In this week’s cannabis news round-up, senate democrats urge President Biden to rethink federal cannabis restrictions; clinical trial reveals reduced anxiety levels linked to cannabis; and a federal judge dismisses lawsuit challenging Mississippi’s cannabis advertising restrictions.
Senate Democrats Urge Biden to Rethink Cannabis Descheduling
Senate Democrats have increased the pressure on the Biden administration to relax federal cannabis restrictions. In a letter addressed to the Drug Enforcement Administration (DEA) this week, they urged reconsideration of cannabis descheduling, which has been classified at the federal level for over fifty years.
The letter, signed by a group of 12 senators led by Elizabeth Warren (D-MA) and John Fetterman (D-PA), with the endorsement of Majority Leader Chuck Schumer (D-NY), takes a more decisive stance.
“The case for removing marijuana from Schedule I is overwhelming,” the senators said. “The DEA should do so by removing cannabis from the CSA altogether, rather than simply placing it in a lower schedule.”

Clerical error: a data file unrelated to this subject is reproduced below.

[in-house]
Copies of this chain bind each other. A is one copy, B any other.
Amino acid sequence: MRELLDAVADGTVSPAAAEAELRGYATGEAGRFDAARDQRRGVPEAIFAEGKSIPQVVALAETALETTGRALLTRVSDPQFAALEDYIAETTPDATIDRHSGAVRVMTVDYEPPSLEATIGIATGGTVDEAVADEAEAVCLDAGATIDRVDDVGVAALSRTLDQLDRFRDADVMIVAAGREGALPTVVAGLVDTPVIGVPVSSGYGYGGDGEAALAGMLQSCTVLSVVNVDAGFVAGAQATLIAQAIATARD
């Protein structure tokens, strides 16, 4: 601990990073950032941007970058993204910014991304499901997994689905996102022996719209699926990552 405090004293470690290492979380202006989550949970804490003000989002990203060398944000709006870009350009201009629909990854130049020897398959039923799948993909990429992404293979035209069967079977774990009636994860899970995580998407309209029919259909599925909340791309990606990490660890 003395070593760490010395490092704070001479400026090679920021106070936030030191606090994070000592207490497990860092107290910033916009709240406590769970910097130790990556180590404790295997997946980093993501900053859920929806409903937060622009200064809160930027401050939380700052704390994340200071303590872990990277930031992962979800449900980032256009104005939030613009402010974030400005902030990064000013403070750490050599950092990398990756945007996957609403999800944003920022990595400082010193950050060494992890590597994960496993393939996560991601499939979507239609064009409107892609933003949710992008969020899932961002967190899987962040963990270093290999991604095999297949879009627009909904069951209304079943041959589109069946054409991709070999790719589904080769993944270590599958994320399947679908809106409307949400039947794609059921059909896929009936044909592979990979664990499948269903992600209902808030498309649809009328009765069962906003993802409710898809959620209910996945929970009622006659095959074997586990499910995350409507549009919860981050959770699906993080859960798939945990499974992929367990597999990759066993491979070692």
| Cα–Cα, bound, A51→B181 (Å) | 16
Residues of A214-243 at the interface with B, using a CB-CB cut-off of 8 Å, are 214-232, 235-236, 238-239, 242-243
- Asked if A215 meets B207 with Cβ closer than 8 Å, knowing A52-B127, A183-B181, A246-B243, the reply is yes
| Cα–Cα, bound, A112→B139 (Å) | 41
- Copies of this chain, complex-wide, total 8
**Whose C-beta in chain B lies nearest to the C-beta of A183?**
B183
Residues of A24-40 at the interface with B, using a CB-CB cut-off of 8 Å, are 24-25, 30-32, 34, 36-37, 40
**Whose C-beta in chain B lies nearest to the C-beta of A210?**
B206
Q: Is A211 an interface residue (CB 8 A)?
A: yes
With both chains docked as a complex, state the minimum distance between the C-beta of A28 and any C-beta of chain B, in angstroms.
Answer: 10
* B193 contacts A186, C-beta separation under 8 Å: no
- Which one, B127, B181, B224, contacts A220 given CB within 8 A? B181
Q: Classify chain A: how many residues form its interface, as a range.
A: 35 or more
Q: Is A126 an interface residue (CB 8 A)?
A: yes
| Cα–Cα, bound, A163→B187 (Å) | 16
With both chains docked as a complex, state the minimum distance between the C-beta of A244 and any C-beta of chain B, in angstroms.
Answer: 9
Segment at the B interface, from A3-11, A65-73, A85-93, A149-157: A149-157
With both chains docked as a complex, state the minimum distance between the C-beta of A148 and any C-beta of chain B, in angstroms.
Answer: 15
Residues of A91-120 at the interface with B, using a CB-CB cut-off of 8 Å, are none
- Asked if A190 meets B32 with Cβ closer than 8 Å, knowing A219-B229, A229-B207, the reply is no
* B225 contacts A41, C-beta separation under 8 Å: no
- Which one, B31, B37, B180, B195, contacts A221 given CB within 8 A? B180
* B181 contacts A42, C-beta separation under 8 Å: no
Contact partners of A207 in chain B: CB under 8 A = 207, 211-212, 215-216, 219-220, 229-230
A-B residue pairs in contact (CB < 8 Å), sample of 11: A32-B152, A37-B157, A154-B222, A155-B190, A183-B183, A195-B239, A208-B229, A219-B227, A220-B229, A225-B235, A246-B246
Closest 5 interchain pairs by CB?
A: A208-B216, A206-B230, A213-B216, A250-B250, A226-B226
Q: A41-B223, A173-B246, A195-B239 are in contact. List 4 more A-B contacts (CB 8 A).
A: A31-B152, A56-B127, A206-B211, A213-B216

The Department of Health and Human Services (HHS) formally recommended the reclassification of cannabis in August. The suggestion was to shift it from Schedule I to Schedule III under the Controlled Substances Act (CSA). The DEA initiated a thorough review process, which is still ongoing.
The DEA recently informed lawmakers that, despite the HHS’s historic recommendation in the summer, it retains the final authority to determine the scheduling, rescheduling or descheduling of drugs under the Controlled Substances Act, based on scientific and medical evaluations.
The White House had aspired to announce a decision regarding descheduling around the one-year mark after President Biden’s directive for the DEA to review the HHS’s recommendation, which was issued in October 2022. According to sources familiar with the situation, the administration had hoped to leverage this announcement as a campaign issue during the November elections.
In their letter on Tuesday, the senators called for the Biden administration to promptly reclassify cannabis from Schedule I and ultimately deschedule it.
“The Biden Administration has a window of opportunity to deschedule marijuana that has not existed in decades and should reach the right conclusion—consistent with the clear scientific and public health rationale for removing marijuana from Schedule I, and with the imperative to relieve the burden of current federal marijuana policy on ordinary people and small businesses,” they wrote.